Yesterday I desperately needed Band-Aids for a bloody heel blister I gave myself on my compulsive, hours-long walks around West Hollywood and the Fairfax area of Los Angeles, so I went to Target for the first time in over a year. I generally walk miles south on Gardener, zig-zagging back home on residential streets to look at the weird Chateauesque, fairy-tale buildings and cozy arts and crafts bungalows I like best along the route, daydreaming about the color I’d paint my door if I lived in one, the curtains I would have, an entirely different life with different details for the unique set of circumstances that might culminate in me living inside each perfect box.
Masked like a bandit in the mostly empty Target, I pushed my cart up and down each aisle because there was a sense that this was my one chance to get things I’ve gone without this entire pandemic—new socks, Clorox wipes, a gel insert to potentially stanch my bleeding heels for good. Also, I was very stoned, as I am every afternoon for my city pacing. In the back of the clothes section, I paused in front of a silky, salmon-colored lounge suit that looked like something the heroine of a 1980s primetime soap opera might being wearing as she received a late-night phone call to inform her that her missing husband didn’t die in that plane crash; authorities had found him in a seaside nunnery, suffering from total amnesia but alive.
“Oh thank God,” that woman, inexplicably wearing mascara in the middle of the night, might breathe into the receiver before collapsing into pretty tears born of actualized hopes. I bought the silky pajamas.
At home, at night, I scroll Instagram in yet another endless loop while simultaneously cycling through teen soap operas from the ’90s. It started with Dawson’s Creek, which reminded me that I haven’t seen My So-Called Life in years, and now Freaks and Geeks is back on Hulu, so I figured I might as well throw that into the mix as well. What these shows have in common, besides being teen dramas, is that they are teen dramas from when I was a child or a teenager experiencing things for the first time alongside the characters. Each series has a young woman who thinks she’s one type of person but realizes she might not be, or maybe she is, but is also something else, and can potentially be a great many things all at once.
“People always say how you should be yourself,” Angela Chase says in a My So-Called Life interior monologue. “Like yourself is this definite thing. Like a toaster or something.”
The clothing Instagram’s algorithms think I want look nothing like the clothes I have—they are generally white yet lightly blushing with hints of pastel, whimsical. One brand the app suggested, Unlogical Poem, has an entire collection dedicated to Emily Dickinson, author of the overused sentiment “Hope is the thing with feathers,” a pat little bit of stanza I thought I hated.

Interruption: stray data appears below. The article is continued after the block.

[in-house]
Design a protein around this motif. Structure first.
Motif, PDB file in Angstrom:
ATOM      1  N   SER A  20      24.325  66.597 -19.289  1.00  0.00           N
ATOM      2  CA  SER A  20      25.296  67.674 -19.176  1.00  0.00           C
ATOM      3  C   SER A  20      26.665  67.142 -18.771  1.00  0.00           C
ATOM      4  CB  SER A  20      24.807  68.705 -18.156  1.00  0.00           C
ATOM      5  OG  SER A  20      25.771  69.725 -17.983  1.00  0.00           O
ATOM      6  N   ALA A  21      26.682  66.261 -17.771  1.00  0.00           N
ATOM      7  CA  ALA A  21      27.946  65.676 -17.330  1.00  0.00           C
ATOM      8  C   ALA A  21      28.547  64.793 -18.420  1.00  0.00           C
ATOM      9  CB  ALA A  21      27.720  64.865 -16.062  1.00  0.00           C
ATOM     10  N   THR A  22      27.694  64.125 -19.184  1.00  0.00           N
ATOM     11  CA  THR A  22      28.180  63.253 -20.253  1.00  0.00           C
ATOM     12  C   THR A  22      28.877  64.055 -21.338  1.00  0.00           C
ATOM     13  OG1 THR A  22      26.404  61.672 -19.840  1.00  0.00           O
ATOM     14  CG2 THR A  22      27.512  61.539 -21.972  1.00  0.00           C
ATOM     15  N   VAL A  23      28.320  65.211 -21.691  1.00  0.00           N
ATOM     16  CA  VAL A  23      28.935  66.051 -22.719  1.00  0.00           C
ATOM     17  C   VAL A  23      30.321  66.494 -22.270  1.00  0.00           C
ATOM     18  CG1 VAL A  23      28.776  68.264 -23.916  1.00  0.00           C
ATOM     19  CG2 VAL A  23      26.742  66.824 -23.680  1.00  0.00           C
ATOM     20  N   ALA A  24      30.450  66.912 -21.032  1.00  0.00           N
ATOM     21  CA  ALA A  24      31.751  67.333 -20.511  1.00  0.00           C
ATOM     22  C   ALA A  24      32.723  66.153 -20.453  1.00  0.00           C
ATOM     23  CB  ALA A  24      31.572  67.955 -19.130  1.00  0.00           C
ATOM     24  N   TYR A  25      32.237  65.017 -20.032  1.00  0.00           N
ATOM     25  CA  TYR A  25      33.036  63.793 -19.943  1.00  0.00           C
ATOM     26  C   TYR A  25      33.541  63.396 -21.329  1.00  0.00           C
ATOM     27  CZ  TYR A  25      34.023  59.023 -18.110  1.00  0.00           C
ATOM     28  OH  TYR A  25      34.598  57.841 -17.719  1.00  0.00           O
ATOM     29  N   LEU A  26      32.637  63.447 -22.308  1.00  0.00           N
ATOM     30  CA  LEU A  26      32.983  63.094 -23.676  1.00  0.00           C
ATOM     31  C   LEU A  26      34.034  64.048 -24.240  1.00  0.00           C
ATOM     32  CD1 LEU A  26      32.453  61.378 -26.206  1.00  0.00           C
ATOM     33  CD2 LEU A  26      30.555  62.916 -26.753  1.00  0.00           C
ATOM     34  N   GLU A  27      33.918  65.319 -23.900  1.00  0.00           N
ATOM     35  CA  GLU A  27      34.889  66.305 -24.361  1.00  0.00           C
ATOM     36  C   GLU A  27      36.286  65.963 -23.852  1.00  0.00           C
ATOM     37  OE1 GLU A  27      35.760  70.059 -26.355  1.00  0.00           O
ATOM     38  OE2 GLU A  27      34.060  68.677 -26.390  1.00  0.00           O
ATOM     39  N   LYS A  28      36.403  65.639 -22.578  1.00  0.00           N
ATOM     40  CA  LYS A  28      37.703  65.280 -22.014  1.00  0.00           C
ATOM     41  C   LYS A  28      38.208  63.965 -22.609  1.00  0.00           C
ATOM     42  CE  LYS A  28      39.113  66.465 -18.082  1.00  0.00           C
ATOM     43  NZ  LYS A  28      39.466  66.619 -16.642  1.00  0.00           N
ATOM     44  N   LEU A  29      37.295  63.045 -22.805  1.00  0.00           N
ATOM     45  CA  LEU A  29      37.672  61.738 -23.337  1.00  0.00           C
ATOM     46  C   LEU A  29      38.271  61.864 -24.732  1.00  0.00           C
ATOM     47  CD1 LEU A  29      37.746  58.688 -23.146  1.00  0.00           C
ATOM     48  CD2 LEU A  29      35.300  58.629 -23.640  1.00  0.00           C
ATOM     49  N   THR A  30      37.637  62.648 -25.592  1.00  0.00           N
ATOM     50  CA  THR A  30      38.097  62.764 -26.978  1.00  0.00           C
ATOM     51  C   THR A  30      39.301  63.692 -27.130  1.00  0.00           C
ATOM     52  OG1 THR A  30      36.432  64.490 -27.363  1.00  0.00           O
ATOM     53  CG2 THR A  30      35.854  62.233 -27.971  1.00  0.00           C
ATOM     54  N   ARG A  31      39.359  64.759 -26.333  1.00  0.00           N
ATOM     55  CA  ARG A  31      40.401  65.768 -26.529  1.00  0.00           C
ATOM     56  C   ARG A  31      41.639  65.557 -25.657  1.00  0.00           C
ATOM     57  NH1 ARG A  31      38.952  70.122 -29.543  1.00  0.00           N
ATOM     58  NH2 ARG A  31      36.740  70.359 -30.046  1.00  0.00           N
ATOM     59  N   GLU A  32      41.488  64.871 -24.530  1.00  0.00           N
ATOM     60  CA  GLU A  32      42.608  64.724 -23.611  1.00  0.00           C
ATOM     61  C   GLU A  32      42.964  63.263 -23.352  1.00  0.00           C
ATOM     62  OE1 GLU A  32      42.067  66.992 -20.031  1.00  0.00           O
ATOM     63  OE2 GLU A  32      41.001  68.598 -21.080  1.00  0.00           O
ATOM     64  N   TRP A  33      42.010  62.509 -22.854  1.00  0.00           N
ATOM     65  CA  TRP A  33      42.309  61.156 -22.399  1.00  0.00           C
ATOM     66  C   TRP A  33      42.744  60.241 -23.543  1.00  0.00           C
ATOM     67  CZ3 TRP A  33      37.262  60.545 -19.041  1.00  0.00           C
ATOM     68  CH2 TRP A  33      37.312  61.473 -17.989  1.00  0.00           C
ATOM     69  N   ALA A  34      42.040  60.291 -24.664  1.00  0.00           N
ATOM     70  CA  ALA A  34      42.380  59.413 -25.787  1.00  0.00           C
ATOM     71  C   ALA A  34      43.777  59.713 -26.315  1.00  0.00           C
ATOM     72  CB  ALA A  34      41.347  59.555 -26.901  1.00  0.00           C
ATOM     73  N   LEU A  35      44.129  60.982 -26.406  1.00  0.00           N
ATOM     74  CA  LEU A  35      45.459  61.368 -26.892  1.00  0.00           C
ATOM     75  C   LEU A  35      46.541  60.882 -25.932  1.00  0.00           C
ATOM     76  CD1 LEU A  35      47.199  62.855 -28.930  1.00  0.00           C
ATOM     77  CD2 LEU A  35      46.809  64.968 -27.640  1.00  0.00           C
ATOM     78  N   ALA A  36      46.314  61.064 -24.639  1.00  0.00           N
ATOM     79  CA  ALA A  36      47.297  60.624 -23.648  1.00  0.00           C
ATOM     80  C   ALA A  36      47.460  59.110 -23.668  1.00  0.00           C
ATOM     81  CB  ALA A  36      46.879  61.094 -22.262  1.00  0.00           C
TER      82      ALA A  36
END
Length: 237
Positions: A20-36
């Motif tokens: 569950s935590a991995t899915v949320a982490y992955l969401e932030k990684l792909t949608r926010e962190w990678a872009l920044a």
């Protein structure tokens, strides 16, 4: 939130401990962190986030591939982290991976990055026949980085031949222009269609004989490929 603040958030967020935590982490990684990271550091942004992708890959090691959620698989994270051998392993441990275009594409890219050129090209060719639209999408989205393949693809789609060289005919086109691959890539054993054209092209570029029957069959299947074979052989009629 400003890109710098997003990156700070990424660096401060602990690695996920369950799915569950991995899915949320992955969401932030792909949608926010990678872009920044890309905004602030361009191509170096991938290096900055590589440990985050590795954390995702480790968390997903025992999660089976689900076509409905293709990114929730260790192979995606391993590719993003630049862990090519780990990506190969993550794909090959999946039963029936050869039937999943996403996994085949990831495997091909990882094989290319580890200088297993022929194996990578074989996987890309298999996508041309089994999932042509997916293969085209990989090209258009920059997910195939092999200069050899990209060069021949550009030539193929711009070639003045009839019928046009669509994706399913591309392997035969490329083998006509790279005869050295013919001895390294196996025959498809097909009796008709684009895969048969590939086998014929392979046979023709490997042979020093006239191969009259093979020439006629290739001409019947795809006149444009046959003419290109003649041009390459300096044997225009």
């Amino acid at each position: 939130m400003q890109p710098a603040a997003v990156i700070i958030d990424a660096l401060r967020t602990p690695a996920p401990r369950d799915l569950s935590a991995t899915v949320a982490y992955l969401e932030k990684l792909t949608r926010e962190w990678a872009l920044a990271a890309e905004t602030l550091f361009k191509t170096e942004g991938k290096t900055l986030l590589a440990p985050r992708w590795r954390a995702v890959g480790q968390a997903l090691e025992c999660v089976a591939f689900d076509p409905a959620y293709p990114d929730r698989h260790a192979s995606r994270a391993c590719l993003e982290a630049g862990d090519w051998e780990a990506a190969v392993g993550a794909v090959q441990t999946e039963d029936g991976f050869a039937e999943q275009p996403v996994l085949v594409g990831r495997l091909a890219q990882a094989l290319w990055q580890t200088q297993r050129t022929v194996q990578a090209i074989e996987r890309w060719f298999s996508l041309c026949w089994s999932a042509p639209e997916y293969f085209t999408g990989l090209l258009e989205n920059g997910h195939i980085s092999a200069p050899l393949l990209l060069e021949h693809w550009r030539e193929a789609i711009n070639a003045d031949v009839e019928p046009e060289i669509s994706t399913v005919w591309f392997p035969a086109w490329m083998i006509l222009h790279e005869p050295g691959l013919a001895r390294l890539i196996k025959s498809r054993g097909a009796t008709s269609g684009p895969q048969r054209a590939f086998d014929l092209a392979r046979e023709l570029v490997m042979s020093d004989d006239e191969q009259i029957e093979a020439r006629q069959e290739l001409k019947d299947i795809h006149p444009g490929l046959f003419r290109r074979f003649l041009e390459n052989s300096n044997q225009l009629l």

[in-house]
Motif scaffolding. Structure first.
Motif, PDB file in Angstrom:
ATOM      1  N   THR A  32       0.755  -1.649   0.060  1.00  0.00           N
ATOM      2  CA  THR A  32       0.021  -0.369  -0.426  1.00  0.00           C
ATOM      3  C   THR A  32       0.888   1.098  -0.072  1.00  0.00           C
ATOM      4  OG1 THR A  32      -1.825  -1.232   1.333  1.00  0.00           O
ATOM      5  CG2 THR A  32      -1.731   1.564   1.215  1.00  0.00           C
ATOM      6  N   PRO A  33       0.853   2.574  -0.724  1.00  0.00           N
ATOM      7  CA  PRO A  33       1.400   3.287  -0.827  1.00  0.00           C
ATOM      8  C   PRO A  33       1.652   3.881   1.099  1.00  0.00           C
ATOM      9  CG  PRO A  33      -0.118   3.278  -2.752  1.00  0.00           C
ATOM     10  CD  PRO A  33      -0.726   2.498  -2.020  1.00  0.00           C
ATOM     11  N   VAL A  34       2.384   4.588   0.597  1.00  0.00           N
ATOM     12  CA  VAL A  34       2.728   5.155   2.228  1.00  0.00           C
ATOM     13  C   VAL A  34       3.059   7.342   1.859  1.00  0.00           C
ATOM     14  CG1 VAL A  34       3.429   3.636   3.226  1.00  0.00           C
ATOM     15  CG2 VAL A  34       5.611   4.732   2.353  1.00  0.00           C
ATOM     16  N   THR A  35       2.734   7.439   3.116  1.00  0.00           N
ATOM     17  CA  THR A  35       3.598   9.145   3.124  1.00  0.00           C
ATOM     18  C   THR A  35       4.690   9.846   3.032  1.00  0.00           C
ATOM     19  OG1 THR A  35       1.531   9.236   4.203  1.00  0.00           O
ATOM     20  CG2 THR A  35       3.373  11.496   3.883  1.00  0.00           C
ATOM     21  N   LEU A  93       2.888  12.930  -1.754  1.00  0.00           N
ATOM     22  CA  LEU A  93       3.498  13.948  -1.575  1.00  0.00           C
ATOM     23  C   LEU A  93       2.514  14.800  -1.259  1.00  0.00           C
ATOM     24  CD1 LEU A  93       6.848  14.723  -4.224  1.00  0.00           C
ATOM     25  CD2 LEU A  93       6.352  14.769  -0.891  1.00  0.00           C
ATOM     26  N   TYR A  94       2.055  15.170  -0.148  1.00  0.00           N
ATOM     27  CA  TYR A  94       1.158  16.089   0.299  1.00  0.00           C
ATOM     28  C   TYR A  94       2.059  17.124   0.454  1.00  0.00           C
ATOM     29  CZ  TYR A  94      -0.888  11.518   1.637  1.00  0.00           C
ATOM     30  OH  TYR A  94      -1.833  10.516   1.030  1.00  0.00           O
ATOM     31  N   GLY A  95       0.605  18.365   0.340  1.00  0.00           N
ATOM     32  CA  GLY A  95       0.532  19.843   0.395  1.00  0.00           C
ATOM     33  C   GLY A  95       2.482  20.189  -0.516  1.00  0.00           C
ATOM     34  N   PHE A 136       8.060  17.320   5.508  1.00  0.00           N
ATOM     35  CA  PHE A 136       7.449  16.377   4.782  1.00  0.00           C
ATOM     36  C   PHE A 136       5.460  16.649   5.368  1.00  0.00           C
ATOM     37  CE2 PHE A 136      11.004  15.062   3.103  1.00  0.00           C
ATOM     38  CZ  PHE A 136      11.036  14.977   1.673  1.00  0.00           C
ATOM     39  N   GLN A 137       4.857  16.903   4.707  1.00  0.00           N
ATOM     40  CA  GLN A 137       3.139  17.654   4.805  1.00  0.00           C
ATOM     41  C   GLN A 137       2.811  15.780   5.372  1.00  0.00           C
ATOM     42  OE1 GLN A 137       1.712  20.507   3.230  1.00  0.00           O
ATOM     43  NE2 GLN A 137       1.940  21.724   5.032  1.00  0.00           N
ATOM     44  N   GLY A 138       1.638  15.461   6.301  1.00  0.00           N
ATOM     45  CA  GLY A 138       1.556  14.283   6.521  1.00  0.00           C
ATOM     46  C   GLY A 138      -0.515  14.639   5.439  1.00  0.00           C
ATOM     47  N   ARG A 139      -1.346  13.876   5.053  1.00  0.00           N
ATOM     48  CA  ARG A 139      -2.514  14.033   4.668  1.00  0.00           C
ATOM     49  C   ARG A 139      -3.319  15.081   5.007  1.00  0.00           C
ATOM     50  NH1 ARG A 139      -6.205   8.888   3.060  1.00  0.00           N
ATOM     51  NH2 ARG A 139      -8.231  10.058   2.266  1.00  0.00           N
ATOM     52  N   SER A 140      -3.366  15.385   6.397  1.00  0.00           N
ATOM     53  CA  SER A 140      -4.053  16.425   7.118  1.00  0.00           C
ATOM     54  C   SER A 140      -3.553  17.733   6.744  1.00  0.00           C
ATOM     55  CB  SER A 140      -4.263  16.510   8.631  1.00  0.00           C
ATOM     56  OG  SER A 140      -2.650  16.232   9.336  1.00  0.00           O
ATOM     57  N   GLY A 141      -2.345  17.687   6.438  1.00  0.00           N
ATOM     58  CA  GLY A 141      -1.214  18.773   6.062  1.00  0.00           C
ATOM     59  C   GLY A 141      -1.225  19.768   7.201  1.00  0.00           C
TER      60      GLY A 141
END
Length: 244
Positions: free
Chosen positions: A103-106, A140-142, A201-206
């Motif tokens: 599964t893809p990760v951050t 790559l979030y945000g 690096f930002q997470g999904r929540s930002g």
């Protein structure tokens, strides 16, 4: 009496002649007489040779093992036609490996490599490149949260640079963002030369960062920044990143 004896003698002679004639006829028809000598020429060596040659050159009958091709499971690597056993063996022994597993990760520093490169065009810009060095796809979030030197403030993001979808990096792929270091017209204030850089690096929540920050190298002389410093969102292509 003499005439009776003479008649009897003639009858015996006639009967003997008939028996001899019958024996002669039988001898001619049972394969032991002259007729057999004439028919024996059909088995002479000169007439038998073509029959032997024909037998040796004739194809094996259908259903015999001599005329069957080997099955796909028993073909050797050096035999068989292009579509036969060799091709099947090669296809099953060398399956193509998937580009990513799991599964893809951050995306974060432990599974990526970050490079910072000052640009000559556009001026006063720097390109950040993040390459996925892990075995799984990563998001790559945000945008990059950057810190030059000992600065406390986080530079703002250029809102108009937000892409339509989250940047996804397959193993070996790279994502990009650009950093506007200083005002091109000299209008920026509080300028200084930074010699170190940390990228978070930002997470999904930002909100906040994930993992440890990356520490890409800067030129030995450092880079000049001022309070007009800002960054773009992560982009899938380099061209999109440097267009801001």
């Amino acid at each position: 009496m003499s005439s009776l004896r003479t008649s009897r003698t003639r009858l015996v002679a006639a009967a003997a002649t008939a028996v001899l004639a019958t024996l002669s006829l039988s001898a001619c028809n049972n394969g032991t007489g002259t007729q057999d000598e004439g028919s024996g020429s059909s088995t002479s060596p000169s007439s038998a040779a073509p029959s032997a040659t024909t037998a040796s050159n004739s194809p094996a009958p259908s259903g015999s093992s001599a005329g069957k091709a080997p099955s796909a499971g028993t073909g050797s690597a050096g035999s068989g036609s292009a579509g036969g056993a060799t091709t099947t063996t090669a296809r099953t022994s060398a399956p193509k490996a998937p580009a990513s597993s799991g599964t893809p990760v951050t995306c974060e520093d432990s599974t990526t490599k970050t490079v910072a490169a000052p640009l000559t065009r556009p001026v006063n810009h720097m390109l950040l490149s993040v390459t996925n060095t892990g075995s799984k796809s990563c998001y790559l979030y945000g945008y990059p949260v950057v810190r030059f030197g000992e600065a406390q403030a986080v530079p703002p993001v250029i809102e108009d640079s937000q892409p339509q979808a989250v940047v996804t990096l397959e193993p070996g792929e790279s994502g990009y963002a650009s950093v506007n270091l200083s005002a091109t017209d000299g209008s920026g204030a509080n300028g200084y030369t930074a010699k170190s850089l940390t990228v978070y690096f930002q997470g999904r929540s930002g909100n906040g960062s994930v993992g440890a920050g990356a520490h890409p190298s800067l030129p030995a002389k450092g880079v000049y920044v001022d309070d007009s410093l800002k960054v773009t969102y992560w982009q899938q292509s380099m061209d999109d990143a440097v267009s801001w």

But I scroll the almost painfully whimsical designs and daydream about where I might wear them: the almost psychotically cheerful doll-print prairie dress on a weekend trip to stay at the equally delusional Madonna Inn, a sequined cherub jacket with a pair of white go-go boots I wore exactly once before quartine shelved them to the Gay Asstrology dance party in Silverlake, the evil eye pearl bag I’d wear crossbody to wander the labyrinth of Melrose Trading Post outdoor flea market, kind of drunk from lunch. All of these things, like the firsts in the teenage soap operas, I am fantasizing about doing for the first time again. The first time since the pandemic and stay-at-home and full year of secluded normalcy. I am hoping, is what I’m doing.
The last time I stayed at home, mostly involuntarily alone, was 2016-17, the year I found out I had breast cancer on my birthday, the same day my father made the decision to take the woman who raised me off life support and inform me via text. Mastectomy, reconstruction, chemotherapy, depression, etc. Just like I’ve lived this quarantine before; I’ve told this story. I wore black bra tops and pleather shorts to treatments, eyes darkened beyond my sleeplessness circles by even blacker rings of liner, and emerged from that quarantine with an aesthetic I called Dumb Goth Whore that has mostly been deconstructed to ripped oversized band tee shirts, bike shorts, and Doc Martens (the fuckers that gave me that blister) during covid.
But the difference this time is that the misery isn’t contained within my body. The whole world feels it. Last time, as my hair grew back into a pixie cut I dyed old-lady grey, I scrolled Instagram the same as I do now, ready to go out but with nowhere to go. Instead of phantasm partywear, I mostly found that my friends had moved on in my illness, having dim sum, seeing some pretentious looking band at the Brooklyn Bowl, cheersing champagne before a showing of Marie Antoinette in Williamsburg. It all looked so stupid and fake, likely because I wasn’t invited and it felt humiliating to have ever hoped I would be. Eventually, my “friends” told me I’d been too negative during my cancer and they were really trying to stay positive, so I ghosted them all and slunk away to California, taking only my skimpy all-black wardrobe with me.
And maybe I’m shopping for gauzy, white, quirky poet agoraphobia/wedding attire instead of funereal underwear as daywear because I’ve already had the funeral for whoever I thought I was and learned the excruciating way that simply living long enough to see oneself altered is utterly humiliating. Hoping is not.
So I bought the sequined cherub jacket and the pearl bag despite the fact that I’ve never heard of this company before about a month ago. Their sizing might be weird. The quality might be bad. I might not ever have anywhere to wear my Dumb Baroque Spinster attire. But here’s hoping.